The Landlord's costs are at least as much (and in some aspects more eg insurance) than the costs of an owner/occupier.


        • #5
          The landlords costs are paid for from pre tax dollars. The owners costs from post tax dollars.

          Come on. We here know the advantages of owning rather than renting. Personally, I am living in a home which would cost me in excess of 4 times what my current loan repayments are if I was renting it (no, I'm not taking into account rates, insurance and maintenance). Never saved since I purchased my first home in '83//84 (ish). Always paid down the loan. Seems that this chap may regret his investments if they fall over as so many have in the last decade.

          The best return on your money is the return of your money.
          Facebook Page


          • #6
            An economist who doesn't seem to understand the power of leverage.... Fancy that?!?!?!?!



            • #7
              Check back with him in 34 years when he is paying an ever increasing amount in rent on a fixed income


              • #8
                Of course it's cheaper to rent short term. The reason to buy for the long term is that:
                2012 - House $300,000, you 30 years old, rent $300 pw (5%), mortgage $400 pw (7% long term ave)
                2032 - House $1,500,000 (based on ave growth since 1957), you 50 years old, rent $1,500, mtge $400 pw (if paid interest only & not extended)
                The figures may not be exact, but show how it pays off later.


                • #9
                  he's a young well paid economist with no kids

                  why would he want to lock himself into bricks and mortar when he

                  could easily be offered a job paying double overseas with accom. thrown in at any time

                  the people who make the best landlords and property investors are the old ones

                  who've been round the block, seen a few cycles and aren't going anywhere

                  it's a young in a hurry who are most likely to screw up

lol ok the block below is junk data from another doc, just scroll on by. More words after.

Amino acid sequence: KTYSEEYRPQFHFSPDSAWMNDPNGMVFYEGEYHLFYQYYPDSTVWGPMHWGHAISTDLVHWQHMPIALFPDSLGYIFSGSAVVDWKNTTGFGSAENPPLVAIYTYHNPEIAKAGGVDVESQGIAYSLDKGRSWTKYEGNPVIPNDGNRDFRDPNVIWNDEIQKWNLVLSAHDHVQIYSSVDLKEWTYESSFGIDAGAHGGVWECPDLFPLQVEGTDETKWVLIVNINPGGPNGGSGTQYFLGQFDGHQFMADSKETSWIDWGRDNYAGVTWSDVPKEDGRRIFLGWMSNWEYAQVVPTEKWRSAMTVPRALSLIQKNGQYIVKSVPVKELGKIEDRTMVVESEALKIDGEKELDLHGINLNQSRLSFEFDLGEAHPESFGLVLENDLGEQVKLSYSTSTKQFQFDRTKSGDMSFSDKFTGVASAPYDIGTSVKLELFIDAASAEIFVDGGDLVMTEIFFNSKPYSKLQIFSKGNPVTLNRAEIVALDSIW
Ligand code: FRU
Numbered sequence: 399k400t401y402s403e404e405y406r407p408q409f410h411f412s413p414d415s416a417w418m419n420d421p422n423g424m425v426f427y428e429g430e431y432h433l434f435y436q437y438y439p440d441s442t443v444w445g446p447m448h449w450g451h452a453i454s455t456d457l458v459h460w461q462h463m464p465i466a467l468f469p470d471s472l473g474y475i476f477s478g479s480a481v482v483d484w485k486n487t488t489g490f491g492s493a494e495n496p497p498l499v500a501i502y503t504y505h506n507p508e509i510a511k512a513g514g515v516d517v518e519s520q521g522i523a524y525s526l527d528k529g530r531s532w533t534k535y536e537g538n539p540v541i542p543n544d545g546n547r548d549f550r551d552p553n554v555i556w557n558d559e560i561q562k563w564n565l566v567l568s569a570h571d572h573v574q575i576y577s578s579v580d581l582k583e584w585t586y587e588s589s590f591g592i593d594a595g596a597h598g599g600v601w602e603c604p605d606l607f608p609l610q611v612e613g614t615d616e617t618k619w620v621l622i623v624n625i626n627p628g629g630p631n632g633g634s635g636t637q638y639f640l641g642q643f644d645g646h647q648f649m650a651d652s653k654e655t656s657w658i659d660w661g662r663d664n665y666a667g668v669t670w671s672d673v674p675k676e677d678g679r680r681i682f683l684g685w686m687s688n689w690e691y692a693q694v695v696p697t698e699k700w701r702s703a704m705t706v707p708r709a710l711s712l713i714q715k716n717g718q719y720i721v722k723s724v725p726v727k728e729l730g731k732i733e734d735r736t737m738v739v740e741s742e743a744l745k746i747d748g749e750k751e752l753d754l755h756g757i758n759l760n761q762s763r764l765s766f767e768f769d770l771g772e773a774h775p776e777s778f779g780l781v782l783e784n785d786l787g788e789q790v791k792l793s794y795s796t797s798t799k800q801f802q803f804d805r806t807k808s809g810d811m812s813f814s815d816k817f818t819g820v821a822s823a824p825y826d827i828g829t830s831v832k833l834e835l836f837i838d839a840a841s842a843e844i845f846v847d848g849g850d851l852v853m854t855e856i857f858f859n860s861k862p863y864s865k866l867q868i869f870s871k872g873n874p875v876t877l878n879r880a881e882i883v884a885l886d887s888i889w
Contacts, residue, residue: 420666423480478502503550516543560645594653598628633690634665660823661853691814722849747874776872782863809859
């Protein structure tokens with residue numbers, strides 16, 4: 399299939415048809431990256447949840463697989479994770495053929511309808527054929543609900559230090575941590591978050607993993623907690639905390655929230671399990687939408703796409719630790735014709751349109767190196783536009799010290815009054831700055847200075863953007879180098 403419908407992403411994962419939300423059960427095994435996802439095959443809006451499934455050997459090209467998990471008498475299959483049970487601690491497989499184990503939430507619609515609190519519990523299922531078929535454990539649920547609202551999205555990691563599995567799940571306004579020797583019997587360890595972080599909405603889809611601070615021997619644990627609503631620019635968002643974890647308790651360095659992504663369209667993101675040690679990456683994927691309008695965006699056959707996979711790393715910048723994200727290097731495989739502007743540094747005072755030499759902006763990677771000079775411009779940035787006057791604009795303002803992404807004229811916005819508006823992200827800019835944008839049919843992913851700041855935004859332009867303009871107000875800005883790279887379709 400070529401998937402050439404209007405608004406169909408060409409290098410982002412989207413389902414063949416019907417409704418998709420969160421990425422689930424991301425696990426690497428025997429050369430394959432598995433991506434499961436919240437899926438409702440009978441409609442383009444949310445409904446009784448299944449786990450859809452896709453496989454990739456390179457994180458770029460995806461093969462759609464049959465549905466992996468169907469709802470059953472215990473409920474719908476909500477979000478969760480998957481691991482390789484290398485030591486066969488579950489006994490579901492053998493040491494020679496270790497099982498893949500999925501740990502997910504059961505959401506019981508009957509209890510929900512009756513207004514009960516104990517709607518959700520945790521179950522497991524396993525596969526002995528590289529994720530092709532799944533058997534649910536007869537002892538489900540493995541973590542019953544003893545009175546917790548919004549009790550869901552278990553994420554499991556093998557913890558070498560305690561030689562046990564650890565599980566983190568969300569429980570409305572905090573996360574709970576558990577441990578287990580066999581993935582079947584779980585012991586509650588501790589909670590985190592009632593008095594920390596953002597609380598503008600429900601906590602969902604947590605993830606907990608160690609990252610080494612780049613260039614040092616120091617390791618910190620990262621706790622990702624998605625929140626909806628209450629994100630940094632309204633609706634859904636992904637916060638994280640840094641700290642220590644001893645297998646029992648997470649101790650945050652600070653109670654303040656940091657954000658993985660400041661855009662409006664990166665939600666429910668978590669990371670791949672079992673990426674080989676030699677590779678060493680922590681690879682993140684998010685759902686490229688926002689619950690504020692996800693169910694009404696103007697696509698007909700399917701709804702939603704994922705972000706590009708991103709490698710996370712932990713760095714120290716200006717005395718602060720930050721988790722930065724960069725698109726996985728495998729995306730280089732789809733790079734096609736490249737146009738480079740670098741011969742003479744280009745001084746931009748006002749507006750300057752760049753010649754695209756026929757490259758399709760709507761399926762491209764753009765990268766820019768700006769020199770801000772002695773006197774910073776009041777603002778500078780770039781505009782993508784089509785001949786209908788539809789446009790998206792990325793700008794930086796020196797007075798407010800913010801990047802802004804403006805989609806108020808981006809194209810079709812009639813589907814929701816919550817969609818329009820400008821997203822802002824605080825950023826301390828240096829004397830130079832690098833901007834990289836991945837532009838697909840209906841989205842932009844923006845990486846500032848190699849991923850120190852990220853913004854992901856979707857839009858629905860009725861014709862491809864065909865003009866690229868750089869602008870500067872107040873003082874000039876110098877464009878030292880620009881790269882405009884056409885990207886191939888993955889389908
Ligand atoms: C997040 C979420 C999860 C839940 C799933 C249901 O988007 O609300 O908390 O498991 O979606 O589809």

this really very simple, long term game


                  when the old screw up it up

                  it's usually 'cause they listened to some fast talking salesman

                  trying to make a buck of their trust
                  have you defeated them?
                  your demons


                  • #10
                    An economist - says it all.
                    Long on edgamicashun
                    short on real experience.


                    • #11
                      He's 31. He should have some real world experience. You would hope.


                      • #12
                        It's not a bad message for PIs. If more want to rent - that means greater demand....umm does that mean a rent increase is viable? Yaaooh - (a note to renters: a rent increase on my properties will only claw back some of the increases in my rates, insurance not put lots of coin in my pocket - I'm not a 'greedy landlord').


                        SEARCH PropertyTalk, About PropertyTalk

                        BusinessBlogs - the best business articles are found here


                        • #13
                          Jay sus! I am!
                          Facebook Page


                          • #14
                            Originally posted by donna View Post
                            Yaaooh - (a note to renters: a rent increase on my properties will only claw back some of the increases in my rates, insurance not put lots of coin in my pocket - I'm not a 'greedy landlord').
                            Quite right Donna.
                            Not like those 'greedy banks' who have been bleeding us dry with those record low interest rates recently.
                            How dare they !


                            • #15
                              Still way high by international interest rates, though. They are creaming it if you do that comparison.